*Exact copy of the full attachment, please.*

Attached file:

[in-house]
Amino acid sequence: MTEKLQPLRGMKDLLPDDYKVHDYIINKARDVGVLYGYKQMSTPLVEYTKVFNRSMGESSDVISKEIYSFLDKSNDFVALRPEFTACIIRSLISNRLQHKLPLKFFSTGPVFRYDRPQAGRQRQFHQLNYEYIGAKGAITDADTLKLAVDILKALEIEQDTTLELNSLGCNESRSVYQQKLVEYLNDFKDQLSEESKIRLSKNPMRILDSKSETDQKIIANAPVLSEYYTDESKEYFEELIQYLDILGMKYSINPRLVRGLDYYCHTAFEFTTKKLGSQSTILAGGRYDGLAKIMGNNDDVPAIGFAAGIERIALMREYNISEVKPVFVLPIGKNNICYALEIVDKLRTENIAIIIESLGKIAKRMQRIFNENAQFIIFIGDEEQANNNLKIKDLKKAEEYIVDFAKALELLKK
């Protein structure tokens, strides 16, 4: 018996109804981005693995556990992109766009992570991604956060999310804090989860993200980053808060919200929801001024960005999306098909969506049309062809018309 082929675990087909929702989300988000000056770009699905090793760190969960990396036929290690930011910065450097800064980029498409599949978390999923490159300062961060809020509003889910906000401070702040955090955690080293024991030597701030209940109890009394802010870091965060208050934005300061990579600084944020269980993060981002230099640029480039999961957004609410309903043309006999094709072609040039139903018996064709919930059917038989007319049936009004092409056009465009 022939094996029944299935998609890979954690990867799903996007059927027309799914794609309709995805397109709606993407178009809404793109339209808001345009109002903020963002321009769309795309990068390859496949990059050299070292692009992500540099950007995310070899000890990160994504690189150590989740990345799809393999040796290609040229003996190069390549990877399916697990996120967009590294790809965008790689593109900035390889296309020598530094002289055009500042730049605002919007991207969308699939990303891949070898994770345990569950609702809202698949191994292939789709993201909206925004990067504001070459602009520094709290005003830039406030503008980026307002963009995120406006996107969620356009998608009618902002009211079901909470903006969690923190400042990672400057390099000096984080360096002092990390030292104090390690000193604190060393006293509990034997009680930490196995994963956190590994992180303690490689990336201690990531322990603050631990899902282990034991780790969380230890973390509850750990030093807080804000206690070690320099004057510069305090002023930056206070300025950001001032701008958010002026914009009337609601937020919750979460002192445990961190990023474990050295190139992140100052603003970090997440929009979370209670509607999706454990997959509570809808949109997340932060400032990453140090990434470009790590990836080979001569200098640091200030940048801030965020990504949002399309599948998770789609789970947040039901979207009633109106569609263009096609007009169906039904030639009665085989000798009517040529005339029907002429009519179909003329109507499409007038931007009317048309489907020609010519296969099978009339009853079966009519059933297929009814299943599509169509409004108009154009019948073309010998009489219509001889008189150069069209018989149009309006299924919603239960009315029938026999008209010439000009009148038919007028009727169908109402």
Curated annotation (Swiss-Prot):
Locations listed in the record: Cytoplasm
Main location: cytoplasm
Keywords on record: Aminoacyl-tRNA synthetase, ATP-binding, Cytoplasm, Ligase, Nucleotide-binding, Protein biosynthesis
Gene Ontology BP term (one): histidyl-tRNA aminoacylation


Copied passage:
[in-house]
Amino acid sequence: MTEKLQPLRGMKDLLPDDYKVHDYIINKARDVGVLYGYKQMSTPLVEYTKVFNRSMGESSDVISKEIYSFLDKSNDFVALRPEFTACIIRSLISNRLQHKLPLKFFSTGPVFRYDRPQAGRQRQFHQLNYEYIGAKGAITDADTLKLAVDILKALEIEQDTTLELNSLGCNESRSVYQQKLVEYLNDFKDQLSEESKIRLSKNPMRILDSKSETDQKIIANAPVLSEYYTDESKEYFEELIQYLDILGMKYSINPRLVRGLDYYCHTAFEFTTKKLGSQSTILAGGRYDGLAKIMGNNDDVPAIGFAAGIERIALMREYNISEVKPVFVLPIGKNNICYALEIVDKLRTENIAIIIESLGKIAKRMQRIFNENAQFIIFIGDEEQANNNLKIKDLKKAEEYIVDFAKALELLKK
């Protein structure tokens, strides 16, 4: 018996109804981005693995556990992109766009992570991604956060999310804090989860993200980053808060919200929801001024960005999306098909969506049309062809018309 082929675990087909929702989300988000000056770009699905090793760190969960990396036929290690930011910065450097800064980029498409599949978390999923490159300062961060809020509003889910906000401070702040955090955690080293024991030597701030209940109890009394802010870091965060208050934005300061990579600084944020269980993060981002230099640029480039999961957004609410309903043309006999094709072609040039139903018996064709919930059917038989007319049936009004092409056009465009 022939094996029944299935998609890979954690990867799903996007059927027309799914794609309709995805397109709606993407178009809404793109339209808001345009109002903020963002321009769309795309990068390859496949990059050299070292692009992500540099950007995310070899000890990160994504690189150590989740990345799809393999040796290609040229003996190069390549990877399916697990996120967009590294790809965008790689593109900035390889296309020598530094002289055009500042730049605002919007991207969308699939990303891949070898994770345990569950609702809202698949191994292939789709993201909206925004990067504001070459602009520094709290005003830039406030503008980026307002963009995120406006996107969620356009998608009618902002009211079901909470903006969690923190400042990672400057390099000096984080360096002092990390030292104090390690000193604190060393006293509990034997009680930490196995994963956190590994992180303690490689990336201690990531322990603050631990899902282990034991780790969380230890973390509850750990030093807080804000206690070690320099004057510069305090002023930056206070300025950001001032701008958010002026914009009337609601937020919750979460002192445990961190990023474990050295190139992140100052603003970090997440929009979370209670509607999706454990997959509570809808949109997340932060400032990453140090990434470009790590990836080979001569200098640091200030940048801030965020990504949002399309599948998770789609789970947040039901979207009633109106569609263009096609007009169906039904030639009665085989000798009517040529005339029907002429009519179909003329109507499409007038931007009317048309489907020609010519296969099978009339009853079966009519059933297929009814299943599509169509409004108009154009019948073309010998009489219509001889008189150069069209018989149009309006299924919603239960009315029938026999008209010439000009009148038919007028009727169908109402």
Curated annotation (Swiss-Prot):
Locations listed in the record: Cytoplasm
Main location: cytoplasm
Keywords on record: Aminoacyl-tRNA synthetase, ATP-binding, Cytoplasm, Ligase, Nucleotide-binding, Protein biosynthesis
Gene Ontology BP term (one): histidyl-tRNA aminoacylation